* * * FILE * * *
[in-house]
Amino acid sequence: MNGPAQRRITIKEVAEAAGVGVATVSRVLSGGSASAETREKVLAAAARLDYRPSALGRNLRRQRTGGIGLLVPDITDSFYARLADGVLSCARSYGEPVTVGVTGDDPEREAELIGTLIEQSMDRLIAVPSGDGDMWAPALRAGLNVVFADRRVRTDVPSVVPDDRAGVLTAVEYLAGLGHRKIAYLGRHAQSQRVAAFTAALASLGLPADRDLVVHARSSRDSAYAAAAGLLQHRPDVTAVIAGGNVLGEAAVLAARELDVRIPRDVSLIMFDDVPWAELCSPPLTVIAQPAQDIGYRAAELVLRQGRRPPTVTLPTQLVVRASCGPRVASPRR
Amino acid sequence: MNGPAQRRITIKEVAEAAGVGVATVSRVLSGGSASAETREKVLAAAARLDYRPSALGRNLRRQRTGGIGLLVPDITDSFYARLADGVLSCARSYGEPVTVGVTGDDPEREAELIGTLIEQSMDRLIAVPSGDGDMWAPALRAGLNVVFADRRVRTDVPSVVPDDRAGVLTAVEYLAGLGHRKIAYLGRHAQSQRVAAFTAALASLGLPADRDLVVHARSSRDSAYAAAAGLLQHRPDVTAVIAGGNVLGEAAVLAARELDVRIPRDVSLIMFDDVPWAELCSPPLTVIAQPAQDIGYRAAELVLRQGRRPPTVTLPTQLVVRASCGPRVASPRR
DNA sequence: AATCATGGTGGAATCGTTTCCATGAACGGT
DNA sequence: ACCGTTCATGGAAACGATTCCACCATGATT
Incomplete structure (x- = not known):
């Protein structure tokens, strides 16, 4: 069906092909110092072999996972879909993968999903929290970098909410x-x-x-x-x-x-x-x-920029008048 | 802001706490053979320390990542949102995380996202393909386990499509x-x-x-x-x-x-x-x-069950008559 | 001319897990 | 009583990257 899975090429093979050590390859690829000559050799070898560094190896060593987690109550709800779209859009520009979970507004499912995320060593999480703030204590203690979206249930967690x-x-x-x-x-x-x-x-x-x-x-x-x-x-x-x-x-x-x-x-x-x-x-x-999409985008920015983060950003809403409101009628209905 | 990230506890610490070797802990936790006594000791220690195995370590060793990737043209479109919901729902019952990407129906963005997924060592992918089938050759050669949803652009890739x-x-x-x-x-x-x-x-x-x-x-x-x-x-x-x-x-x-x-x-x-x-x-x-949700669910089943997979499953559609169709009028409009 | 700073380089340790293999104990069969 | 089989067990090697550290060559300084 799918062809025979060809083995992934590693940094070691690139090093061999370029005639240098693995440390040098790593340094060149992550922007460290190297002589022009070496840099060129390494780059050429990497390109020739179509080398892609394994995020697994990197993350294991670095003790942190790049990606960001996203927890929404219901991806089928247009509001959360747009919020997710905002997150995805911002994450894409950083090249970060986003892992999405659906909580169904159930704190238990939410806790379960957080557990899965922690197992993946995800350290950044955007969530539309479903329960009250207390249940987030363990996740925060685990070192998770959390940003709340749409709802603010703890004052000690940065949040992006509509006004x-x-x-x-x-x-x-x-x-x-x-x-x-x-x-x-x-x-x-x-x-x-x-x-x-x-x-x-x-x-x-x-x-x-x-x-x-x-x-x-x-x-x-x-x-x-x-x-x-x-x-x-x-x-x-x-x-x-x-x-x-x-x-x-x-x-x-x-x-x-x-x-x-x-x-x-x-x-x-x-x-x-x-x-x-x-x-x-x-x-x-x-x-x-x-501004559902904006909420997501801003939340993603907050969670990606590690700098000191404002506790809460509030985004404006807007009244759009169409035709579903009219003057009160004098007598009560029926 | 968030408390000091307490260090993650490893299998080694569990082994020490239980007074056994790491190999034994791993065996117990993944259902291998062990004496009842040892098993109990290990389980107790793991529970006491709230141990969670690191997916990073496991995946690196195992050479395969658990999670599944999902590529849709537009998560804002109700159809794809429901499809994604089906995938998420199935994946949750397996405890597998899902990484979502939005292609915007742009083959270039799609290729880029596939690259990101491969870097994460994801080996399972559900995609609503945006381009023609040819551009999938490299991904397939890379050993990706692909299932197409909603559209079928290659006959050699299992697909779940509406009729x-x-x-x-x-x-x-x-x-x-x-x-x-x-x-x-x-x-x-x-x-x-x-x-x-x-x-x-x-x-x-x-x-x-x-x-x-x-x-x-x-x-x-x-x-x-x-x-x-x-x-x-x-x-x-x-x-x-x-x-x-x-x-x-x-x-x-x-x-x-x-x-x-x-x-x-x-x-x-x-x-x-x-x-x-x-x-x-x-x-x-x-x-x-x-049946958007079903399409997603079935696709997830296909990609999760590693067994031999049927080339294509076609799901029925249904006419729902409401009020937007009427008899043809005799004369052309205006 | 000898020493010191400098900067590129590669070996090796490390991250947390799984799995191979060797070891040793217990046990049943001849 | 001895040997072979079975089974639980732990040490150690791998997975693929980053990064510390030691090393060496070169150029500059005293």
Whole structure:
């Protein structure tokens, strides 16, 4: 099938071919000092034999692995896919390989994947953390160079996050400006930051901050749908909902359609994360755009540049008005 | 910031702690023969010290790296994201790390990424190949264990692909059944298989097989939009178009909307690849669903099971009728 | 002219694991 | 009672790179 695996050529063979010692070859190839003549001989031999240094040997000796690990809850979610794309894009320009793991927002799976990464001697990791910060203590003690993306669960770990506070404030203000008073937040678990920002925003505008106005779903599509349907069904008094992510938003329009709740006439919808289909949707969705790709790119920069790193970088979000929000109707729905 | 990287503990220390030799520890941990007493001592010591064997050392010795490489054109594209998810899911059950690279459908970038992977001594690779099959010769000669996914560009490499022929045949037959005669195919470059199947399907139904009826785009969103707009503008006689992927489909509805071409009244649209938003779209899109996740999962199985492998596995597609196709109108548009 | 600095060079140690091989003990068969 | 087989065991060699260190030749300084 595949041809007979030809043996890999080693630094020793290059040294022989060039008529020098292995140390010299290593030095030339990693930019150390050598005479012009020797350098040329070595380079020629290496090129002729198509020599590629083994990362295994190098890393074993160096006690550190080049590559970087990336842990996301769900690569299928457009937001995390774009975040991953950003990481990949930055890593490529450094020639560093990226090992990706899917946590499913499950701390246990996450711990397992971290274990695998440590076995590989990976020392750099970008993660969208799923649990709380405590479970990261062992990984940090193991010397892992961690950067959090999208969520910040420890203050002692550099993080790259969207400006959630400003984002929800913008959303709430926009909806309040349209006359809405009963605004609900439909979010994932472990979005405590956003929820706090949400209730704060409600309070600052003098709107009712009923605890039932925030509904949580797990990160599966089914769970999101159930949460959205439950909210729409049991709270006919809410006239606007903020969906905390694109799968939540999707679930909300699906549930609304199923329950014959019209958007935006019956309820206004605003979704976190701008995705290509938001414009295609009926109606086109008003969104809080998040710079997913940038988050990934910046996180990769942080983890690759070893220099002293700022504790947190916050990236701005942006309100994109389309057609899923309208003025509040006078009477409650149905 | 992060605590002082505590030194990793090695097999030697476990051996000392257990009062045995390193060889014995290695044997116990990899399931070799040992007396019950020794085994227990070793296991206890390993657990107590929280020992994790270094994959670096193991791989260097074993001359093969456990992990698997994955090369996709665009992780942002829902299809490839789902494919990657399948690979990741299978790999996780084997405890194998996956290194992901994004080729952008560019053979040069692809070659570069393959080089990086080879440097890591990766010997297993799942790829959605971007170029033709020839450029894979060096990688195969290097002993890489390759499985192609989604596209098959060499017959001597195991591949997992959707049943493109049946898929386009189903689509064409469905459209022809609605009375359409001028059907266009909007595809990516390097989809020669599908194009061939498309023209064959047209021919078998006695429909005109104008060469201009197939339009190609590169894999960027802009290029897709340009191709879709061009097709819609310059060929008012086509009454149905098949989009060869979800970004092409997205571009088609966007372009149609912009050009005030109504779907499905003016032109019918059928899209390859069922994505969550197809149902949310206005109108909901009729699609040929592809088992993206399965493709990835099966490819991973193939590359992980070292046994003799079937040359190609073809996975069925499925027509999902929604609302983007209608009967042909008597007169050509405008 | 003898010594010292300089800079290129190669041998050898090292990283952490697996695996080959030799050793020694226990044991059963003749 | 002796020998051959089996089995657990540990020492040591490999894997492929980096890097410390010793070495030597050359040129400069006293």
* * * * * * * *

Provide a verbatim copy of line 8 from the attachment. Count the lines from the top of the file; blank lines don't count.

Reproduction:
Whole structure: